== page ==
This occurred in January after she raised money via crowdfunding site, Indiegogo. Since then, Visram has said she wishes to “expand the project to a hundred schools in the county within the next year and a half.”

Sticking to her own agenda, in September, Visram delivered 500 backpacks to the students of Kikambala Primary School, marking her business’ first official order. This is not the only milestone Visram wishes to achieve, however, as her goals go hand in hand with Masomo Bora—Kenya’s mission to provide education to all children.

Visram’s dream began as a public funding project on Indiegogo, but continues today in hopes of bringing as many students “into the light” as possible.

Fortunately, the costs of production are cheap, and in two months alone an additional $50,000 has been raised—more than doubling the initial capital of $40,000 required to manufacture the first 2,000 solar backpacks.

The backpacks are able to provide between seven and eight hours of light using only three to four hours of sunlight. As more and more solar backpacks become available, the hope is that the 4,000 deaths that occur daily due to kerosene-induced illness will be significantly reduced.

Emilio Rivera

Sources: Indiegogo, IT News Africa, Compassion International
Photo: Conscious Living TV

For many high school teachers, the explosion of the iPod represented another way for their students to become distracted in the classroom.  It turns out that instead of using those MP3 players to blast music, they are being used to promote literacy and education all across Africa.

Meet the Lifeplayer MP3.  A solar-powered radio, recorder and MP3 player, the Lifeplayer is manufactured by Lifeline Technologies to give rural African communities greater access to education.  The Lifeplayer comes with reading and writing lesson plans already pre-loaded.  Since it is solar-powered, rural communities without access to electricity can now enjoy this technological wonder without worrying about access to electrical outlets for recharging.

The company currently runs initiatives in Ethiopia, Kenya, Rwanda, South Sudan and Zambia.  In Ethiopia, Lifeline has partnered with the British Council to promote English language education to over 50,000 school children.  Kristine Pearson, the CEO of Lifeline, traveled to South Sudan to deliver 15,000 Lifeplayers to educators.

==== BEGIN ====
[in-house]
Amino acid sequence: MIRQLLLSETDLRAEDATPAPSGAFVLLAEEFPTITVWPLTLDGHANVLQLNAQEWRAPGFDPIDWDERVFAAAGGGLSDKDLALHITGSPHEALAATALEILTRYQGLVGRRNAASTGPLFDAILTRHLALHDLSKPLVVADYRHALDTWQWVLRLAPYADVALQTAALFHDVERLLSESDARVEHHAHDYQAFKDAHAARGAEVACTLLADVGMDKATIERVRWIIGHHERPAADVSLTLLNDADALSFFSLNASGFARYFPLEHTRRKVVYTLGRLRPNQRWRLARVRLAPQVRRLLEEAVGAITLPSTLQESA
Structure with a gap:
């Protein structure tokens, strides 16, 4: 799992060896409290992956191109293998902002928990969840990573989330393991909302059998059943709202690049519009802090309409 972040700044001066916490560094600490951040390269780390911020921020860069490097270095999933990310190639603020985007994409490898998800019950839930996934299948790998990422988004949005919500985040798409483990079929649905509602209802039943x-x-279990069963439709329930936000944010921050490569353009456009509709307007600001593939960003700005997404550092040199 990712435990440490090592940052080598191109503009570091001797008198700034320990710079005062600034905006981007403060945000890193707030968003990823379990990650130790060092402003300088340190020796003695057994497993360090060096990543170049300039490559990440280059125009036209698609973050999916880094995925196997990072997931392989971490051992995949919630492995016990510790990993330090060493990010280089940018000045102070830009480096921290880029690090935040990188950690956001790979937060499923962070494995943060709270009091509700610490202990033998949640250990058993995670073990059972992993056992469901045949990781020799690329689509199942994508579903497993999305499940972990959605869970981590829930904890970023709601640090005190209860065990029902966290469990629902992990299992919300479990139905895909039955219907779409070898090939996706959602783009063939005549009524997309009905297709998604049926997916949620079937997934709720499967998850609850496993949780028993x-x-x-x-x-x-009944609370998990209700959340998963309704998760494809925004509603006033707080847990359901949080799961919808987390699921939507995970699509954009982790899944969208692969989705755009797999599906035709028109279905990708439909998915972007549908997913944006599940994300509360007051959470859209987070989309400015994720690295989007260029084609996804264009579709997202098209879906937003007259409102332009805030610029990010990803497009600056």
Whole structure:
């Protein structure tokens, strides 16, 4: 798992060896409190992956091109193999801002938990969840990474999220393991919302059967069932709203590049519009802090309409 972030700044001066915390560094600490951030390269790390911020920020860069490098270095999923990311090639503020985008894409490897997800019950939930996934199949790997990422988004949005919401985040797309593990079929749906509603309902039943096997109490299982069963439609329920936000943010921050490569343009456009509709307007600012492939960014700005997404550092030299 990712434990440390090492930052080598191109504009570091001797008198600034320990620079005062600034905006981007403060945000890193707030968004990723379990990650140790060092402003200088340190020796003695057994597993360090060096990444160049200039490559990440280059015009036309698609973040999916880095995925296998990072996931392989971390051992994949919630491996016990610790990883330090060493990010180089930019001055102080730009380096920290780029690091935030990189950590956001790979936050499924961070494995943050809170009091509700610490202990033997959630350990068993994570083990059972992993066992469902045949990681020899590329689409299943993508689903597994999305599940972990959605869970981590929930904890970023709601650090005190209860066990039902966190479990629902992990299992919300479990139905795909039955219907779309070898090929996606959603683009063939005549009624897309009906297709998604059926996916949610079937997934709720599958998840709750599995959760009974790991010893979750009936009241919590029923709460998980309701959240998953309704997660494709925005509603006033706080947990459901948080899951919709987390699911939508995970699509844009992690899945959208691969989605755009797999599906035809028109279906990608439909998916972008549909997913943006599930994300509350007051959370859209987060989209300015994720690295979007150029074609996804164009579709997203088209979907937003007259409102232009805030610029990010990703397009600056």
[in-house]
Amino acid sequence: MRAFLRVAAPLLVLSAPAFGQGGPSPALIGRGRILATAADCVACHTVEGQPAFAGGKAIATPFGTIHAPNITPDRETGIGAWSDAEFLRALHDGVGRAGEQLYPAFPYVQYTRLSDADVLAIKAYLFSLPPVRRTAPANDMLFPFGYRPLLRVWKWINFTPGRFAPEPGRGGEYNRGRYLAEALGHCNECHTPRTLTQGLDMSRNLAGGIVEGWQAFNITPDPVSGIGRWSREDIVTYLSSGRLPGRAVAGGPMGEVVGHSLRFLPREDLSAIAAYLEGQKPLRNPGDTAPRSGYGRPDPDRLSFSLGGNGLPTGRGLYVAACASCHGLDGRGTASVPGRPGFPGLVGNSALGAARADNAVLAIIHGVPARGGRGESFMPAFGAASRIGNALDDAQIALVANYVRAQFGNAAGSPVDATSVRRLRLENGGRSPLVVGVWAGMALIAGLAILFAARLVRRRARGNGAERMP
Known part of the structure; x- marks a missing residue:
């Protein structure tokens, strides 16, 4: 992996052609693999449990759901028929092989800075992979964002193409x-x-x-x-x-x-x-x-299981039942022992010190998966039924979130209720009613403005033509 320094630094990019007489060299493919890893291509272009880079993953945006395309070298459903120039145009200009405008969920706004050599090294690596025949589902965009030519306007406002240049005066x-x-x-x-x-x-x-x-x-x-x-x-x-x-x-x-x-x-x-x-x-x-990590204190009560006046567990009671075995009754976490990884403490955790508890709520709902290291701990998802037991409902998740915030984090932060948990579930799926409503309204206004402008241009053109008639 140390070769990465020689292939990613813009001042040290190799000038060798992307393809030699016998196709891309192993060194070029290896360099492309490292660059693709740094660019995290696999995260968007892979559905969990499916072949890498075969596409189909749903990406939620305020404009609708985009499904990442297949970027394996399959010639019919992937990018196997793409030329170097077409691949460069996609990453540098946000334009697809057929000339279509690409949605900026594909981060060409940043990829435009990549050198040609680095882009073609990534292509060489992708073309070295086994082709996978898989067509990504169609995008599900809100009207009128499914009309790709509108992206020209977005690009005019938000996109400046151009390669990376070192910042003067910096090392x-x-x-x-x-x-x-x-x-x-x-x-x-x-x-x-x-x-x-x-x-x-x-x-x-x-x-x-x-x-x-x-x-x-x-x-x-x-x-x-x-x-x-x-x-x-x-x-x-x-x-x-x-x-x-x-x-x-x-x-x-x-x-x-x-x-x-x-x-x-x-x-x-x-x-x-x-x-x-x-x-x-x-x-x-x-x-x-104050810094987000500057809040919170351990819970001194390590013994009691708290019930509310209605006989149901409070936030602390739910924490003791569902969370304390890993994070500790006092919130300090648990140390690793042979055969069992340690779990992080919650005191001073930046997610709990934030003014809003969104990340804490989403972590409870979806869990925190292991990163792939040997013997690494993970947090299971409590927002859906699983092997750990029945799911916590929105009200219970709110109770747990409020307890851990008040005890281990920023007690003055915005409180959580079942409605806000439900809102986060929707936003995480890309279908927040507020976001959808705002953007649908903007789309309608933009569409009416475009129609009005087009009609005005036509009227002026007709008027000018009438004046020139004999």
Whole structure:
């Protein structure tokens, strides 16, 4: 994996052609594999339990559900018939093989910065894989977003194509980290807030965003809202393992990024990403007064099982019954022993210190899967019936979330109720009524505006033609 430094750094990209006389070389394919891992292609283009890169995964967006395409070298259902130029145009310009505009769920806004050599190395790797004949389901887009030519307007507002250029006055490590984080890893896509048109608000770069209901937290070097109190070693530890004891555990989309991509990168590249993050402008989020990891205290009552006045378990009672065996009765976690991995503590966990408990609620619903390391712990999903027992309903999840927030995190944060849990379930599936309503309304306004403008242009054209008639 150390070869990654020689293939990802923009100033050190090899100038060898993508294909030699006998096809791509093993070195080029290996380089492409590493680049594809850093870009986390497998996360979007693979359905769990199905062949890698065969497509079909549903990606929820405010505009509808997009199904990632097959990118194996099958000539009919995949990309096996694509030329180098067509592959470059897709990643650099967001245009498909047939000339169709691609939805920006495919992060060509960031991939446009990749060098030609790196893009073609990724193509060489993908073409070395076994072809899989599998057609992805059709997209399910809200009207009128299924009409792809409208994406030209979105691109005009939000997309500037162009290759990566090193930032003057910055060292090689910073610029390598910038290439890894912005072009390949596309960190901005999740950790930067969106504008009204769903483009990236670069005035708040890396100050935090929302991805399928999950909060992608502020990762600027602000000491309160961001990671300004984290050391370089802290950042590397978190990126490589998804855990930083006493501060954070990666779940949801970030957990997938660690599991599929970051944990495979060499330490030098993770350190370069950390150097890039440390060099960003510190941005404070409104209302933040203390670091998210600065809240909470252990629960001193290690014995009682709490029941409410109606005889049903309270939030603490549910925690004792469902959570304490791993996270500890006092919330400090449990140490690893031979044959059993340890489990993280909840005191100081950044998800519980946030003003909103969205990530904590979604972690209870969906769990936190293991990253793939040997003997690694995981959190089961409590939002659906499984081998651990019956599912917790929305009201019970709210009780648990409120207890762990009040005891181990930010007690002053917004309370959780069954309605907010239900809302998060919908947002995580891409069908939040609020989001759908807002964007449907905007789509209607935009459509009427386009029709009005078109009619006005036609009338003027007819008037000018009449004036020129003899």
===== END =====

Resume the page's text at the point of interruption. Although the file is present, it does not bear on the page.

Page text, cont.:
Pearson instructed trainers and teachers on how to use the technologically-advanced device in the hopes of reversing the discouraging education trends in the country.

“Nearly three-quarters of the population can neither read nor write,” states Pearson.  “According to the Overseas Development Index (ODI), less than 2% of the population have completed a primary education and even less completed secondary school.”

In addition to the Lifeplayer MP3, the company also produces two other solar-powered marvels: the Prime Radio, an analogue radio with an LCD display, and the Solarstor, a portable charging station for cell phones.

The Prime Radio has been especially beneficial in Rwanda, where the company spearheads an initiative called Project Muraho.  Partnering with organizations such as UNICEF, the initiative has provided 13,000 radios and power sources to families ravaged by the effects of the Rwandan genocide and the continued devastation of HIV/AIDS.

Although access to education has improved worldwide in the past decade, there are still great disparities in rural areas and communities without power and electricity.  The Lifeplayer MP3 is a wonderful invention to help push education in these struggling communities.

Taylor Diamond 

Sources: World Economic Forum, Lifeline Energy: Technology, Lifeline Energy: Projects
Photo: Texarkana Gazette